January 16, 2012
To be sure, there is nothing original about the plot. Cars is a point-for-point retelling of the "arrogant big shot ends up in little town, learns life lesson" trope that Garrison Keillor has been parodying for years on Prairie Home Companion.
Doc Hollywood with Michael J. Fox is a good example (car included).
This again goes to my contention that the most creative and lasting art is accomplished by artists (John Lasseter being one of the best) who not only know how to do things the old-fashioned way, but understand the value of doing things the old-fashioned way.
What's prosaic and persistently unoriginal are those "avant guarde" types who think they are being "original" and "daring" by upending these familiar stories and betraying the expectations inherent in them.
But John Lasseter didn't simply do the same only better. With the story solidly nailed down, he unleashed his animators to create whole freaking alternate universe (including an alternate universe Pixar Animation Studios).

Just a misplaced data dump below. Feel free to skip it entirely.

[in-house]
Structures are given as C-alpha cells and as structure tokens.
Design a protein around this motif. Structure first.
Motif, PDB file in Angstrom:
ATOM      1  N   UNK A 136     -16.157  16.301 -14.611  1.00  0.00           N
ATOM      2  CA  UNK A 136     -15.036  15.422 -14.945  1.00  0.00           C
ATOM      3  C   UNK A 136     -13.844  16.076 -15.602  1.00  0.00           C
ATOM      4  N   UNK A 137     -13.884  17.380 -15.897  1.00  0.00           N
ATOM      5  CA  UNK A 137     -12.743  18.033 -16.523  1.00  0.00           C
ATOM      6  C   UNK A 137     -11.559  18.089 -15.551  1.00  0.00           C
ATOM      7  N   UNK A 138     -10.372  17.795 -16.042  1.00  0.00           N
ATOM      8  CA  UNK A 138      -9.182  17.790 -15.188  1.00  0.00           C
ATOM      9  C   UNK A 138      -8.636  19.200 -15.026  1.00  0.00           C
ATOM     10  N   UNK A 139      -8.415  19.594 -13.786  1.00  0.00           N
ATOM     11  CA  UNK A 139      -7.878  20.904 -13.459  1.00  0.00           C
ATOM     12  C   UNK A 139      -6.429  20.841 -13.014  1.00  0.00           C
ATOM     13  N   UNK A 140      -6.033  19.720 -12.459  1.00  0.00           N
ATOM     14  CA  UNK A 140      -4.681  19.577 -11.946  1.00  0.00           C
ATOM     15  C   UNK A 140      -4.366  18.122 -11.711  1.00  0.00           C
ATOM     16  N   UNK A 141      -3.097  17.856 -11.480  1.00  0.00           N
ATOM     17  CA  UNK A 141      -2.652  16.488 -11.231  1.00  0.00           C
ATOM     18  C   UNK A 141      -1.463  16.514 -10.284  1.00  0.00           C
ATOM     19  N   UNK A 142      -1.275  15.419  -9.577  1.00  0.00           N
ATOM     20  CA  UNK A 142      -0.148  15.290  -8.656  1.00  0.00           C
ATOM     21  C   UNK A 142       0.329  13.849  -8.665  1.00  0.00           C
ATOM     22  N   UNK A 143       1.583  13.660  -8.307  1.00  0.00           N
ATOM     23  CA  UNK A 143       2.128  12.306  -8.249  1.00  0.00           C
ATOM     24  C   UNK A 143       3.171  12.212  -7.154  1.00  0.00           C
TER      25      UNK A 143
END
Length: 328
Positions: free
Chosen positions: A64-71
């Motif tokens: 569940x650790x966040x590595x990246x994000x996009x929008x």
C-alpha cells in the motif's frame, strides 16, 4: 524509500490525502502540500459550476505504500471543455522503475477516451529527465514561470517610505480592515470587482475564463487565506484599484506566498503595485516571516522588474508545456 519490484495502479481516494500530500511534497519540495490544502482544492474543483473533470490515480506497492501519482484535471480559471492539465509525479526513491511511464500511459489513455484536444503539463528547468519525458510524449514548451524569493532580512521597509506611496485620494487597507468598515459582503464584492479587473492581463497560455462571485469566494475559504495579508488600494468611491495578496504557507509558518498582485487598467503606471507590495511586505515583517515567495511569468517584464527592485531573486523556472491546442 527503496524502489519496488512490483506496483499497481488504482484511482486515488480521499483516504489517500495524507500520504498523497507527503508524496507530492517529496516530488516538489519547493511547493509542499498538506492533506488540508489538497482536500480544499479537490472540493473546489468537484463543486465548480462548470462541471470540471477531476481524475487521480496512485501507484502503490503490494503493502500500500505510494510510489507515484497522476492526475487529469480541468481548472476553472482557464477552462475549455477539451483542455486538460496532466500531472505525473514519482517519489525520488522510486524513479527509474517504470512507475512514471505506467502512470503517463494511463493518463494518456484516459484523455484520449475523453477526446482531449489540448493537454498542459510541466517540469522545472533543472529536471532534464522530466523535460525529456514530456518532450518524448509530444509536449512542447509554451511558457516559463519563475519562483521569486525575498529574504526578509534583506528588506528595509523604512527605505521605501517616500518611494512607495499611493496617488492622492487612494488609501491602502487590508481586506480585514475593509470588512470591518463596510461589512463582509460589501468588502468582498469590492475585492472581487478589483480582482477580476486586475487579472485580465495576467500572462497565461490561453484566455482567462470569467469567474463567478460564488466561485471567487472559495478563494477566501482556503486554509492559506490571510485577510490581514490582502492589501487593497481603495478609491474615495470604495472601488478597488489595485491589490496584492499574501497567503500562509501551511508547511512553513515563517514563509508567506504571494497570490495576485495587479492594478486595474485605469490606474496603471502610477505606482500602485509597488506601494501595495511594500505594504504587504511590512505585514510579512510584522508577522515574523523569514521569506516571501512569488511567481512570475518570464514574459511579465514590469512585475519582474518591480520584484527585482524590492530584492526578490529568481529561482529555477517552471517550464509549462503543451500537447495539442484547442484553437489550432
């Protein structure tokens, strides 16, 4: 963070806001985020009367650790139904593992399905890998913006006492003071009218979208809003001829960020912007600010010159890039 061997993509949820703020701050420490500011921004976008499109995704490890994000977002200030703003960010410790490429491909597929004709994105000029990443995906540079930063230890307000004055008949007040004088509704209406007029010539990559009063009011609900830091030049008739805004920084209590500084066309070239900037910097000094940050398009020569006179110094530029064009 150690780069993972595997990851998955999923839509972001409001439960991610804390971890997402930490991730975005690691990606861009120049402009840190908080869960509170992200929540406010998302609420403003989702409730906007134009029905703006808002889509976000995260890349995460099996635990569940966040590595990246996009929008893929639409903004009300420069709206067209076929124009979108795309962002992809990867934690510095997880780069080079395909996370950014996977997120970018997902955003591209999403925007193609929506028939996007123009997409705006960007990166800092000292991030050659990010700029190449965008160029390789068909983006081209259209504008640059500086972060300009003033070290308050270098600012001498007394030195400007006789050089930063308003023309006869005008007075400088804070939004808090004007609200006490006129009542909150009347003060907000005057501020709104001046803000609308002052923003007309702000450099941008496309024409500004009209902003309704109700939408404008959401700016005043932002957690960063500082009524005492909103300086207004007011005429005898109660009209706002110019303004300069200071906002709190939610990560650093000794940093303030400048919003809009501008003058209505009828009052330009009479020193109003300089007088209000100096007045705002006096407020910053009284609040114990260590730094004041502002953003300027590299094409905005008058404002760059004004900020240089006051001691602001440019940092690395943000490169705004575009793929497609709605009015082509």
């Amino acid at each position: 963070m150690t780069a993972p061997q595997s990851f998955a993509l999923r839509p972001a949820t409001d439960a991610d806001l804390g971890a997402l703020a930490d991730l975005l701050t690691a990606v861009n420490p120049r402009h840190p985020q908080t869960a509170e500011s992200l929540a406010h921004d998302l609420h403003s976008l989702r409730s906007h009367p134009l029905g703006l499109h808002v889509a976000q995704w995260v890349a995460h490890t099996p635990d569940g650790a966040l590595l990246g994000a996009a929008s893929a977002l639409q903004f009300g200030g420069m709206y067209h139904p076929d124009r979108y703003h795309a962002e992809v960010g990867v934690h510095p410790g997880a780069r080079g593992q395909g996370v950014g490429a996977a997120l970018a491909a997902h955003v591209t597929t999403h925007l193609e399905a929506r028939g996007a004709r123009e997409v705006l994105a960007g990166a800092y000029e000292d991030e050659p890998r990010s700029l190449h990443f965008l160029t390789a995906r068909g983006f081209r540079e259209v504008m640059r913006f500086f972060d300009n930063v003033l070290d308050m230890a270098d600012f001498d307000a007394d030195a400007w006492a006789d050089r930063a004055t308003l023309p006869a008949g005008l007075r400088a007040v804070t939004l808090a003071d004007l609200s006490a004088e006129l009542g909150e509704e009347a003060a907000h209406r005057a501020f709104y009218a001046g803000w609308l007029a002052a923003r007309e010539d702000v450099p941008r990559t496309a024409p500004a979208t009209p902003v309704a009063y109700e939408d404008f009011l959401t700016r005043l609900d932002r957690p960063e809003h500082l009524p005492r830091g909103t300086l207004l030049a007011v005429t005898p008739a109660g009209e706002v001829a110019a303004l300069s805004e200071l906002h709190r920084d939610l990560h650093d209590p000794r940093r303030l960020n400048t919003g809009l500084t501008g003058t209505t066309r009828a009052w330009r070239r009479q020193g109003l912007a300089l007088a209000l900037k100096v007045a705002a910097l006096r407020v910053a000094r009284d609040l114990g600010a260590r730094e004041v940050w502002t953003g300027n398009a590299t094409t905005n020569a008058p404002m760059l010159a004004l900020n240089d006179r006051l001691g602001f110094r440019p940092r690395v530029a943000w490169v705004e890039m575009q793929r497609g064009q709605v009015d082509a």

We're talking about world-building on a massively creative scale, and a mechanical world at that, down to the insects (which are, of course, Volkswagon Beetles; lightning bugs leave on the turn signals). Not a human being in sight.
A nostalgic romp through small-town Americana alone would have been a tad too sentimental for my tastes (Frank Capra annoys me too). Thankfully, Lasseter married this trusty old tale to a full-blooded celebration of the gas-guzzling American car culture.
And that most American of motor sports, NASCAR (which, like American football, is far more sophisticated than the aristocratic European versions). And then tied that squarely to the American landscape and those wide-open spaces the car was designed to serve.
The car and the freeway have evolved together to fit a unique ecological niche no less than Darwin's finches. So it makes perfect sense to depict the automobile as a vibrant, sentient, argumentative creature with a say about where the road is going to take us next.
Forget about robots taking over the world. Cars already have. We're just along for the ride.